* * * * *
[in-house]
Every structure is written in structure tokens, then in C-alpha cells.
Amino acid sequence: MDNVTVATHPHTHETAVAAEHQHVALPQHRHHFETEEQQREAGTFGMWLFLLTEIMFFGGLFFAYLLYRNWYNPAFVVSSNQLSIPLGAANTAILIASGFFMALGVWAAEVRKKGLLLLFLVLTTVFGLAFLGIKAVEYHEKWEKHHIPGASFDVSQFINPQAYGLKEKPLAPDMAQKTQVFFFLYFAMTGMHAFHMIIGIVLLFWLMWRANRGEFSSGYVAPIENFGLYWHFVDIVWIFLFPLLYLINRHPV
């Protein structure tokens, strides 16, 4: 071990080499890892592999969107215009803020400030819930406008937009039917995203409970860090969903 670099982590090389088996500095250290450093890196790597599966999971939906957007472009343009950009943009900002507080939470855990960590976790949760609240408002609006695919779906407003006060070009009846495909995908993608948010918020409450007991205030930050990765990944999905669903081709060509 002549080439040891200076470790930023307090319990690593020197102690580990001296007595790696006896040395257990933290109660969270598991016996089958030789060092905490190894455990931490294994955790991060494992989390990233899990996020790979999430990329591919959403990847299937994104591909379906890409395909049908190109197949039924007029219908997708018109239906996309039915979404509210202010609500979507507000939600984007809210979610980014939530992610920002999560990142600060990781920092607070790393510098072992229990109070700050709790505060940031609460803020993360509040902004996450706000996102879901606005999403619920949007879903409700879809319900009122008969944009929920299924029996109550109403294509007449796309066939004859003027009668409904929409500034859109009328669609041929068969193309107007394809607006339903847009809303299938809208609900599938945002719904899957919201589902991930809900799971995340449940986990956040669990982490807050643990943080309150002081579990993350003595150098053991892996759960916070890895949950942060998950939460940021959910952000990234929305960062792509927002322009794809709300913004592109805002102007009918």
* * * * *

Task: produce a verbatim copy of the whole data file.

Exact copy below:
[in-house]
Every structure is written in structure tokens, then in C-alpha cells.
Amino acid sequence: MDNVTVATHPHTHETAVAAEHQHVALPQHRHHFETEEQQREAGTFGMWLFLLTEIMFFGGLFFAYLLYRNWYNPAFVVSSNQLSIPLGAANTAILIASGFFMALGVWAAEVRKKGLLLLFLVLTTVFGLAFLGIKAVEYHEKWEKHHIPGASFDVSQFINPQAYGLKEKPLAPDMAQKTQVFFFLYFAMTGMHAFHMIIGIVLLFWLMWRANRGEFSSGYVAPIENFGLYWHFVDIVWIFLFPLLYLINRHPV
């Protein structure tokens, strides 16, 4: 071990080499890892592999969107215009803020400030819930406008937009039917995203409970860090969903 670099982590090389088996500095250290450093890196790597599966999971939906957007472009343009950009943009900002507080939470855990960590976790949760609240408002609006695919779906407003006060070009009846495909995908993608948010918020409450007991205030930050990765990944999905669903081709060509 002549080439040891200076470790930023307090319990690593020197102690580990001296007595790696006896040395257990933290109660969270598991016996089958030789060092905490190894455990931490294994955790991060494992989390990233899990996020790979999430990329591919959403990847299937994104591909379906890409395909049908190109197949039924007029219908997708018109239906996309039915979404509210202010609500979507507000939600984007809210979610980014939530992610920002999560990142600060990781920092607070790393510098072992229990109070700050709790505060940031609460803020993360509040902004996450706000996102879901606005999403619920949007879903409700879809319900009122008969944009929920299924029996109550109403294509007449796309066939004859003027009668409904929409500034859109009328669609041929068969193309107007394809607006339903847009809303299938809208609900599938945002719904899957919201589902991930809900799971995340449940986990956040669990982490807050643990943080309150002081579990993350003595150098053991892996759960916070890895949950942060998950939460940021959910952000990234929305960062792509927002322009794809709300913004592109805002102007009918």